Until this Act, the United States was one of the few countries that did not impose significant “know your client” responsibilities on those who formed entities, and in most states, there is no source of information regarding an entity’s ownership structure.  Anyone can form a corporation or LLC in Delaware or any other state almost instantaneously, and until they file the first annual report, no information is available about its officers or directors.  Even then, there is never information available about direct or indirect ownership or control.  As described below, “beneficial ownership” is defined exceptionally broadly and includes not just 25% owners but senior officers, general counsels, and anyone exercising authority over the appointment or removal of any senior officer or a majority of the board of a reporting company.  This obviously implicates shareholders but also sweeps in investors with smaller percentages who have meaningful veto rights.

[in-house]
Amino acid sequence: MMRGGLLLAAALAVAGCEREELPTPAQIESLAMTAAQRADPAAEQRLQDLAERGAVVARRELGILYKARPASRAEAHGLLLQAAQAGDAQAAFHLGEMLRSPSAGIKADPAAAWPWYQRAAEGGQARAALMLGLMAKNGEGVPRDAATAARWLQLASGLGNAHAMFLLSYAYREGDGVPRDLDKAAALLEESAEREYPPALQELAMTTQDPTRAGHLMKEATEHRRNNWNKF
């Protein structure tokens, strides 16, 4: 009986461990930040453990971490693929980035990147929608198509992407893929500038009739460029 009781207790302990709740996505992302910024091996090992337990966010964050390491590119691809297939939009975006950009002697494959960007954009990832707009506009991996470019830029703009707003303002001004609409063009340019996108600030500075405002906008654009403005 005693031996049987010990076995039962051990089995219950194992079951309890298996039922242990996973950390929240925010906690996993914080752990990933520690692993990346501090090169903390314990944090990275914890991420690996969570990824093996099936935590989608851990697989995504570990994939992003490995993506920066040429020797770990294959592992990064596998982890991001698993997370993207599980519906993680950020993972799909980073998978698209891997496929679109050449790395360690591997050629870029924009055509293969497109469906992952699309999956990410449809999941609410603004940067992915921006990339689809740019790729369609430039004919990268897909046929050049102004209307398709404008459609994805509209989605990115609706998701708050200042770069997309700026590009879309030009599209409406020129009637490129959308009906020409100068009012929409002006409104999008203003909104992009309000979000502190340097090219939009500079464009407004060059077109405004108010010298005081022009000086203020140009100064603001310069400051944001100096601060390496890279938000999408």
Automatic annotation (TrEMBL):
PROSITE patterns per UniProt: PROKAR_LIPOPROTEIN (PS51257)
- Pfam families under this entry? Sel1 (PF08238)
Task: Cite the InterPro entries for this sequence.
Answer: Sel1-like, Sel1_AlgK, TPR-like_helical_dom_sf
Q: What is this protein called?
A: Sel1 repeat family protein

How does it work?

Information reported to FinCEN through the BOSS system will be stored in a searchable registry available only to federal agencies involved in national security, intelligence, or law enforcement.  It will also be available to state or local law enforcement agencies with court approval, financial institutions as part of their KYC/AML functions, and US regulators or foreign governments subject to certain approvals. The information is not available to the public, nor is it subject to FOIA (Freedom of Information Act) requests.

Will it even work? 

CTA represents a tremendous operational challenge for the federal government. FinCEN has estimated that during the first year (2024), approximately 32 million reporting companies will be filing initial reports (equal to 1 company per second for the entire first year), with about 5 million new reporting companies each year after that.  At the moment, FinCen, which is part of the Department of the Treasury (also where the IRS resides), has not released additional information on how the website or form filing process will work.